If you can imagine, the invention of eyewear dates back to the 13th century – used by scholarly monks. Since, glasses have taken on a world of their own, influencing science, and science influence them. Today, 64% of the American population wears glasses – that’s about 184 million people numerically. We seem to be aware of the primary reasoning for glasses (astigmatism, myopia, and hyperopia); however, we have become numb to the basics of glasses themselves.
In the 18th century, glasses received a groundbreaking update. Temples were added to the design, extending the glasses over the ears to allow hands-free use. These were the first “wearable” glasses known to man. As time went on, the 19th century brought about mass-produce. This allowed frames and lenses to be rapidly developed to make glasses available to everyone.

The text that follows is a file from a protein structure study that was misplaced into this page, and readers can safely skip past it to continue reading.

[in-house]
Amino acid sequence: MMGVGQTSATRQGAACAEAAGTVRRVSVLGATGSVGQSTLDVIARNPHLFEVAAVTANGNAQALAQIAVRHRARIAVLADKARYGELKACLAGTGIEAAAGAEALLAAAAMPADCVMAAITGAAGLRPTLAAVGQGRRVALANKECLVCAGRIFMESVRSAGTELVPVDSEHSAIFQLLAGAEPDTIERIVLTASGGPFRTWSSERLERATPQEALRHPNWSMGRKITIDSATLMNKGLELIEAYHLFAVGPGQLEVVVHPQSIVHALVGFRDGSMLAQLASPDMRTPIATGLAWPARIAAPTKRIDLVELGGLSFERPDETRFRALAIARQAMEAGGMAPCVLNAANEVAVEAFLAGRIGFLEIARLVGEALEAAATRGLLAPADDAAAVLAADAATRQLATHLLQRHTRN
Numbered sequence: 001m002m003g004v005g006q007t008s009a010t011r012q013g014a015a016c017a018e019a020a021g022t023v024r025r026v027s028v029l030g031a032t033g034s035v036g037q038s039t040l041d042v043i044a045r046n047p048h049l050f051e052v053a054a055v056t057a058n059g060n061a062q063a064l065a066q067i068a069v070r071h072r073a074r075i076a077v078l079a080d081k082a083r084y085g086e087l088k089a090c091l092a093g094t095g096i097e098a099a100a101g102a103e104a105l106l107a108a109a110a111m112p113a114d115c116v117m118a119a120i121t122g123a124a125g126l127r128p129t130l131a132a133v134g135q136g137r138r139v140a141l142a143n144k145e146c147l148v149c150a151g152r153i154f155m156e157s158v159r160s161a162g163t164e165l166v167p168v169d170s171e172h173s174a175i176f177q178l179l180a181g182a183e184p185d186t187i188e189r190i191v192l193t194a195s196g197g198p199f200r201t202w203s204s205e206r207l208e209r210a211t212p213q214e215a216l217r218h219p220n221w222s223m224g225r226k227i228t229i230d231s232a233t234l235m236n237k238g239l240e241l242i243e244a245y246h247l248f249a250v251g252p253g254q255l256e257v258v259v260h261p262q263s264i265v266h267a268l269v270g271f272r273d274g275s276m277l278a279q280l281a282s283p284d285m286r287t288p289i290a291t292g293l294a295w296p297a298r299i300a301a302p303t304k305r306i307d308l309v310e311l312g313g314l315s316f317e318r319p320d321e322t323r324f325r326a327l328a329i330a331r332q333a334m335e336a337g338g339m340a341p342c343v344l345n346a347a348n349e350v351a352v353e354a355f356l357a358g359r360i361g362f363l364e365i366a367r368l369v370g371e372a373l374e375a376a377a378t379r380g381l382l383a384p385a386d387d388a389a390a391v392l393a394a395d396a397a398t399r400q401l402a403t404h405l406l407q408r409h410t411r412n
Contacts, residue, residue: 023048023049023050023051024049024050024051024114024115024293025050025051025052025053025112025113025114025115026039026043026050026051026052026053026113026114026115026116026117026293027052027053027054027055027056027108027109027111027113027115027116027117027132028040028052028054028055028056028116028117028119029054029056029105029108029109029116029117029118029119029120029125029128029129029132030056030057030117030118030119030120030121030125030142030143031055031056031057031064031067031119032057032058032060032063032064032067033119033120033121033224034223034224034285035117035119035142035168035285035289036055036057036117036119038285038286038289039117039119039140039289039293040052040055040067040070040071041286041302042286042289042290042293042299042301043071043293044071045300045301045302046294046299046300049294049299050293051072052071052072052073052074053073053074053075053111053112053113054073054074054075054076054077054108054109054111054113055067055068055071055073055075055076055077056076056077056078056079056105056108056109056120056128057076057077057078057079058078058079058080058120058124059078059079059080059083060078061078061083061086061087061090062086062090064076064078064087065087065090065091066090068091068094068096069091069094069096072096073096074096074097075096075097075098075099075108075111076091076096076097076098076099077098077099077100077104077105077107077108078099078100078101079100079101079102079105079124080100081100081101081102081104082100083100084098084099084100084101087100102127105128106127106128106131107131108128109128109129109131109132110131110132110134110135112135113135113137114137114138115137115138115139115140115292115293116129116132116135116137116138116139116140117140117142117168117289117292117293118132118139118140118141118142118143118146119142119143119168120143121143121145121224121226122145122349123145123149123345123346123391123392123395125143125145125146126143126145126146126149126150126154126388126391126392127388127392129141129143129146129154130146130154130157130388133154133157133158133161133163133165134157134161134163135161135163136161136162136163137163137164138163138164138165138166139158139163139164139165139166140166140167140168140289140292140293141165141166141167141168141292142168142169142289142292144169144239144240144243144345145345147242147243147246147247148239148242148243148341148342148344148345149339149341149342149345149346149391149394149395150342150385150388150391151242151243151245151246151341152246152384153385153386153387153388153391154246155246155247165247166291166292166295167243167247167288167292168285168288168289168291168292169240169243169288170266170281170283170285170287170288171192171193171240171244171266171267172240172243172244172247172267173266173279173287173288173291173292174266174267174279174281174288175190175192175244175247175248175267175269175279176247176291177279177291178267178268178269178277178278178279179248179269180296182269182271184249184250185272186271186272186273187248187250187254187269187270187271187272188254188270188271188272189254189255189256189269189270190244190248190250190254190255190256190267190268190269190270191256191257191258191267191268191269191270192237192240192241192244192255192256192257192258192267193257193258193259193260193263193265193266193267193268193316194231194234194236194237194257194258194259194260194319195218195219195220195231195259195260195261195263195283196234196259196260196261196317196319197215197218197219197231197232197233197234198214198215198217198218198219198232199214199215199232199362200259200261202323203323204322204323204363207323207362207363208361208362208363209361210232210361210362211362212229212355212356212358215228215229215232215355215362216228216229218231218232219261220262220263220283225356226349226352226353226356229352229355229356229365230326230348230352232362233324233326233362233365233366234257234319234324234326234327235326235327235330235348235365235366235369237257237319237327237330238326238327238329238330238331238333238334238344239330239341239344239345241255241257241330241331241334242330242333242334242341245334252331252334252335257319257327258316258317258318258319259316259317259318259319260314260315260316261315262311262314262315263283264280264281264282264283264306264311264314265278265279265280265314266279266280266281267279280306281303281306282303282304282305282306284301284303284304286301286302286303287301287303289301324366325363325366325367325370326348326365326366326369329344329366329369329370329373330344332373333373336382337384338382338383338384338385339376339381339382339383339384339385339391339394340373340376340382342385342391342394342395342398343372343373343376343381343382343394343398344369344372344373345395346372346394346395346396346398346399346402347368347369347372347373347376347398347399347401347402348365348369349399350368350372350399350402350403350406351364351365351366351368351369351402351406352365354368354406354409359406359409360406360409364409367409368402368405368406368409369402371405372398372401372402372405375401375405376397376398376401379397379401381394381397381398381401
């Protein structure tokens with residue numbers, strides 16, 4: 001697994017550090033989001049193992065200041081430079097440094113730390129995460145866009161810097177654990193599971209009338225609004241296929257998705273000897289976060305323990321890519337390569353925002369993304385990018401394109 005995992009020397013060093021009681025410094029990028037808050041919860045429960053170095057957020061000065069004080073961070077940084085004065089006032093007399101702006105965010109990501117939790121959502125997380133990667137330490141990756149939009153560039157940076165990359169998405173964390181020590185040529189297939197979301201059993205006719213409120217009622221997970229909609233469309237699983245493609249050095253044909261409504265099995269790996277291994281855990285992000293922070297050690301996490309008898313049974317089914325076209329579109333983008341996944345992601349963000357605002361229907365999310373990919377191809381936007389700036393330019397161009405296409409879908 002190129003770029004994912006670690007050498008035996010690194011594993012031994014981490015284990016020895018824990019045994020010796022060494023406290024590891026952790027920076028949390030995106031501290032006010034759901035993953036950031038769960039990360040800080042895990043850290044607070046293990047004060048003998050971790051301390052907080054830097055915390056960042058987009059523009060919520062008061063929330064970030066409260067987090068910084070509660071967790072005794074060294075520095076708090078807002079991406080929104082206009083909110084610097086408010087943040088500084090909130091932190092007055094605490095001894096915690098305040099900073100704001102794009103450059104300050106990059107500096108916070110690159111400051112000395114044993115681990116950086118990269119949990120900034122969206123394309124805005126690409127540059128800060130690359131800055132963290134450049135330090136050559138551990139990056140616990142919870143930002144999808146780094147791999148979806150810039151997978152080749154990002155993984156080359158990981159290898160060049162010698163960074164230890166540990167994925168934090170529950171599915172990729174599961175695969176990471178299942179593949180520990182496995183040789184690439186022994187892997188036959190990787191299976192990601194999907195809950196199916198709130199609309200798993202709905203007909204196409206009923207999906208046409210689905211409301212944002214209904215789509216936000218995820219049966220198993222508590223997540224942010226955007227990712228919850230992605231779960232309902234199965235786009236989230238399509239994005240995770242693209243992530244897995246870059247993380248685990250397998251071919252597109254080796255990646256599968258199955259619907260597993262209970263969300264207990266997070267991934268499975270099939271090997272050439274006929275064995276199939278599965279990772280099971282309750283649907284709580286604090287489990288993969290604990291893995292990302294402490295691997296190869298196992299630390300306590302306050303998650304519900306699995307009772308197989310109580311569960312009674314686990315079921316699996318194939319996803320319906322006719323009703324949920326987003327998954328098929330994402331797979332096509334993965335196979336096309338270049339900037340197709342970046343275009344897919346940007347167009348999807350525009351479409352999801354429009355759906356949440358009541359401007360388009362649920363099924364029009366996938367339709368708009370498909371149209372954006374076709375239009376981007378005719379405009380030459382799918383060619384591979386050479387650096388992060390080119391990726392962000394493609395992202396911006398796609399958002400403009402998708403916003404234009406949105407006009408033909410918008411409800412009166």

Now we have the basics down pat. Our primary focus in optometry today is style. With the help and availability of plastic materials, the design of glasses – and their functionality – has become extremely flexible. Lenses have become lighter, less breakable, and coated to reduce harmful incoming light.
Knowing this, there are still more grounds to cover. Technology is reshaping eyewear, introducing the concept of smart glasses, nano-drops, and the Visual Cortical Prosthesis System- which can restore sight to the blind. Researchers around the nation are even developing auto-focusing smart glasses using eye-tracking software. This can help you focus on things near or far, regardless of your need for glasses.
Overall, the future of eyewear is an interesting path. Future technological advancements have the potential to offer great benefits to users in comparison to traditional lenses. Continue to the infographic below for information about the form and functionality of glasses, how glasses work, and how technology will improve the future of eyewear.